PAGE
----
The Foundation of Effective Parenting

We have four kids. Two technically qualify as adults, two don’t. The two younger ones moved with us, the two older ones didn’t. Since relocating, to the absolutely beautiful area of Florida we now call home, we have been patiently praying to have them all back together. Recently, we got closer to making that a reality.

One of our girls was ready for a change. She contacted me, asked me to come get her. She is here now. Life gets better every day. We are a family of five now. Looking forward to being a family of six, or more, even if it’s only for a season.

My girl has provoked some interesting conversations, since she got here. Plenty of them involve parenting comments. Since we were much younger parents with her, and she was an only child for about eight years, it was different. It’s funny, as a parent, to hear your kid’s perspective of your parenting skills. It also reminds me of why I tend to cringe when parenting advice is thrown around casually. Especially heavy, long-range advice from folks with only small kids or none at all.

She is reminding me of things we did right, and the things we missed. We were pretty effective disciplinarians, according to her. 

Our rules were pretty simple. “Time out” was mostly for when she just needed to calm down or detach from whatever was about to get her in serious trouble. Stuff was taken away when it seemed like the simplest solution to solving a crisis. Bedroom doors were removed when they were slammed. Toys and junk left laying around for more than a day would go into a bag in my closet. Lectures happened, too. Those are a great way to thoroughly annoy teens.

And, yes, spankings were part of the deal in our house. But, only a few things were grounds for that. My girl explained why they were effective to her. I had almost forgotten this routine until last night.

Three things guaranteed a paddled fanny in our house. Lying, hurting someone intentionally and repeatedly refusing to do what they were told. “Spankings make you remember things.” An actual quote from her when she was about seven. She didn’t get them very often, but she got them. We weren’t abusive parents. Challenge me on that, and I will explain what child abuse is. I promise that I know better than you think.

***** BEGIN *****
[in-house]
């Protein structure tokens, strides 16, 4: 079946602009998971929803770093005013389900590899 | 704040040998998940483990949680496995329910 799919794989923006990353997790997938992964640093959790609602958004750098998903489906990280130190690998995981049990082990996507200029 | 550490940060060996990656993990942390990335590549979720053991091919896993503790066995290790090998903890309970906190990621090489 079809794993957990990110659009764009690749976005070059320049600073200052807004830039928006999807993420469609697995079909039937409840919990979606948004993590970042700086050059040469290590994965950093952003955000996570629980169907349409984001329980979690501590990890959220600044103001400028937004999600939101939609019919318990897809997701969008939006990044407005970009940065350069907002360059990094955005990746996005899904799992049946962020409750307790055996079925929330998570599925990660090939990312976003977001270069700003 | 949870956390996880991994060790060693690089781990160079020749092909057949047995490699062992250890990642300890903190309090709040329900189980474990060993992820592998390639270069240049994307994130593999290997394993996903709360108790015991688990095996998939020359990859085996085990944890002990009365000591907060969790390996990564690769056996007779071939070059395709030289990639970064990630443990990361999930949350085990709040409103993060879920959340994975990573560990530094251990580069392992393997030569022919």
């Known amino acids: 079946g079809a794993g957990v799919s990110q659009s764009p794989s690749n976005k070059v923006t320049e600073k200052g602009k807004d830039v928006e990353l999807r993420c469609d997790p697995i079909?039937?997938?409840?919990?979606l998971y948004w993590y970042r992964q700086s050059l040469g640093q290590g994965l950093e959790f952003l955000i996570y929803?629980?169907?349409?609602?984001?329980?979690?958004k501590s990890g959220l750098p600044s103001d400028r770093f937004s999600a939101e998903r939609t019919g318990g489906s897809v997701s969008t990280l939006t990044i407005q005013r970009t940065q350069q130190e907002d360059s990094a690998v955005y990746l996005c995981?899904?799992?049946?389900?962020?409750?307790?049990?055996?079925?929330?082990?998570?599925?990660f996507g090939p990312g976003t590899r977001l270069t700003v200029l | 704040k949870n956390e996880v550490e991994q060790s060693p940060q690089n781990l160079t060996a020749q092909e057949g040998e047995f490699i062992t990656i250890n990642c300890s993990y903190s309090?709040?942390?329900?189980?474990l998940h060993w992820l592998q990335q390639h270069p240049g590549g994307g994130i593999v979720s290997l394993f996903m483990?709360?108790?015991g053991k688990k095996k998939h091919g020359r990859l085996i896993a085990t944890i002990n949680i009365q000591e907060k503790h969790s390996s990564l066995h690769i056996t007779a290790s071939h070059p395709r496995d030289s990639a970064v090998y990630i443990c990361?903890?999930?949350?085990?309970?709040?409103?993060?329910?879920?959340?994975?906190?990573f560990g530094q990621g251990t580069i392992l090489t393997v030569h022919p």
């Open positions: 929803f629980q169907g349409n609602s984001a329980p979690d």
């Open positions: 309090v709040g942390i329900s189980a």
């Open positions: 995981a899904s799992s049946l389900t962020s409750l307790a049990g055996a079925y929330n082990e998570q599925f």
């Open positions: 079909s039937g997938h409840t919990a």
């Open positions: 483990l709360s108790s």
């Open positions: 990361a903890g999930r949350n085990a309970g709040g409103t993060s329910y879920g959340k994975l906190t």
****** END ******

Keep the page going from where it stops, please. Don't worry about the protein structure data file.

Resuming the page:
Here’s what the spanking routine looked like at our house.

Kid lies, hits another kid, keeps doing something we said not to do over and over… “Go to your room.” Walk into the room, explain that we will be back and they can just wait right there. Go collect weapon of backside destruction. (We kept a small plastic spatula or wooden spoon is a specific place. Never used a bare hand, for the obvious psychological reasons.) Return to the room, close the door, sit down next to stressing child. Explain what is about to happen and why. Stay calm, turn them around, administer one or two quick swats. Sit them back on the bed, tell them we will be back and to wait.

At this point, we would give the kids about five minutes alone. Time to think about what happened. Then we would go back, close the door and sit them on our lap. We would explain why they got spanked, why we can’t tolerate behavior like that. We would make sure they got hugged tight and told that they were loved. We would sit with them as long as they needed. We never left the room angry, either of us. From the words of my own adult daughter, it was a very effective way to handle it.

It’s not about abuse. It’s about establishing a critical fact in the mind of a child. There will be consequences for bad behavior.